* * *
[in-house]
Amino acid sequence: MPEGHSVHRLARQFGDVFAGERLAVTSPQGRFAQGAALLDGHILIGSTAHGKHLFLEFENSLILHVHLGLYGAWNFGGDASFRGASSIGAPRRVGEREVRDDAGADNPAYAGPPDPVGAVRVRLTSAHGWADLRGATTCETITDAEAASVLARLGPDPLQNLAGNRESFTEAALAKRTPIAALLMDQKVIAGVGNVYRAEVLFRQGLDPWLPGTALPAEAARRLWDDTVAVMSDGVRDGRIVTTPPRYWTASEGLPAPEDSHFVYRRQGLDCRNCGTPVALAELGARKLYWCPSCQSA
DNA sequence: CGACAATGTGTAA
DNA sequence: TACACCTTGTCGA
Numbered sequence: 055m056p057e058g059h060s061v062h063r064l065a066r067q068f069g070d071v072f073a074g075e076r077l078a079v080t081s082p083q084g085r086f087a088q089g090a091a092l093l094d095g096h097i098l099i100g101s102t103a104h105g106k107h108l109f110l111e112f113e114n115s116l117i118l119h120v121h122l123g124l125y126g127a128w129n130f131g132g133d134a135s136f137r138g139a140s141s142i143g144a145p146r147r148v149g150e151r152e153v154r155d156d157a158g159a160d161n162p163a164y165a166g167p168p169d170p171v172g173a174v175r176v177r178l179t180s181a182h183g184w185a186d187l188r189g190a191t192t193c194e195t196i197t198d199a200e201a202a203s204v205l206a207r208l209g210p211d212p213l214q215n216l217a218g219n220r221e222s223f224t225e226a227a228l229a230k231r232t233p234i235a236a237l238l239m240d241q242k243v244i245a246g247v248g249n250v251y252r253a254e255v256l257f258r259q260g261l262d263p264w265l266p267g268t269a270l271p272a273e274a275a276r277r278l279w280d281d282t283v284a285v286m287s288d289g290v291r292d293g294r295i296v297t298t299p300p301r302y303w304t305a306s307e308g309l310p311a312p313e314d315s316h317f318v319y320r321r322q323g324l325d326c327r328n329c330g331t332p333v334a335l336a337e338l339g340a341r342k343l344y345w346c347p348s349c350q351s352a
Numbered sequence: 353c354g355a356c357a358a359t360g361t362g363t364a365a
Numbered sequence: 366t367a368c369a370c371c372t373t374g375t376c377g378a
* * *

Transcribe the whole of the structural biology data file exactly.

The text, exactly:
[in-house]
Amino acid sequence: MPEGHSVHRLARQFGDVFAGERLAVTSPQGRFAQGAALLDGHILIGSTAHGKHLFLEFENSLILHVHLGLYGAWNFGGDASFRGASSIGAPRRVGEREVRDDAGADNPAYAGPPDPVGAVRVRLTSAHGWADLRGATTCETITDAEAASVLARLGPDPLQNLAGNRESFTEAALAKRTPIAALLMDQKVIAGVGNVYRAEVLFRQGLDPWLPGTALPAEAARRLWDDTVAVMSDGVRDGRIVTTPPRYWTASEGLPAPEDSHFVYRRQGLDCRNCGTPVALAELGARKLYWCPSCQSA
DNA sequence: CGACAATGTGTAA
DNA sequence: TACACCTTGTCGA
Numbered sequence: 055m056p057e058g059h060s061v062h063r064l065a066r067q068f069g070d071v072f073a074g075e076r077l078a079v080t081s082p083q084g085r086f087a088q089g090a091a092l093l094d095g096h097i098l099i100g101s102t103a104h105g106k107h108l109f110l111e112f113e114n115s116l117i118l119h120v121h122l123g124l125y126g127a128w129n130f131g132g133d134a135s136f137r138g139a140s141s142i143g144a145p146r147r148v149g150e151r152e153v154r155d156d157a158g159a160d161n162p163a164y165a166g167p168p169d170p171v172g173a174v175r176v177r178l179t180s181a182h183g184w185a186d187l188r189g190a191t192t193c194e195t196i197t198d199a200e201a202a203s204v205l206a207r208l209g210p211d212p213l214q215n216l217a218g219n220r221e222s223f224t225e226a227a228l229a230k231r232t233p234i235a236a237l238l239m240d241q242k243v244i245a246g247v248g249n250v251y252r253a254e255v256l257f258r259q260g261l262d263p264w265l266p267g268t269a270l271p272a273e274a275a276r277r278l279w280d281d282t283v284a285v286m287s288d289g290v291r292d293g294r295i296v297t298t299p300p301r302y303w304t305a306s307e308g309l310p311a312p313e314d315s316h317f318v319y320r321r322q323g324l325d326c327r328n329c330g331t332p333v334a335l336a337e338l339g340a341r342k343l344y345w346c347p348s349c350q351s352a
Numbered sequence: 353c354g355a356c357a358a359t360g361t362g363t364a365a
Numbered sequence: 366t367a368c369a370c371c372t373t374g375t376c377g378a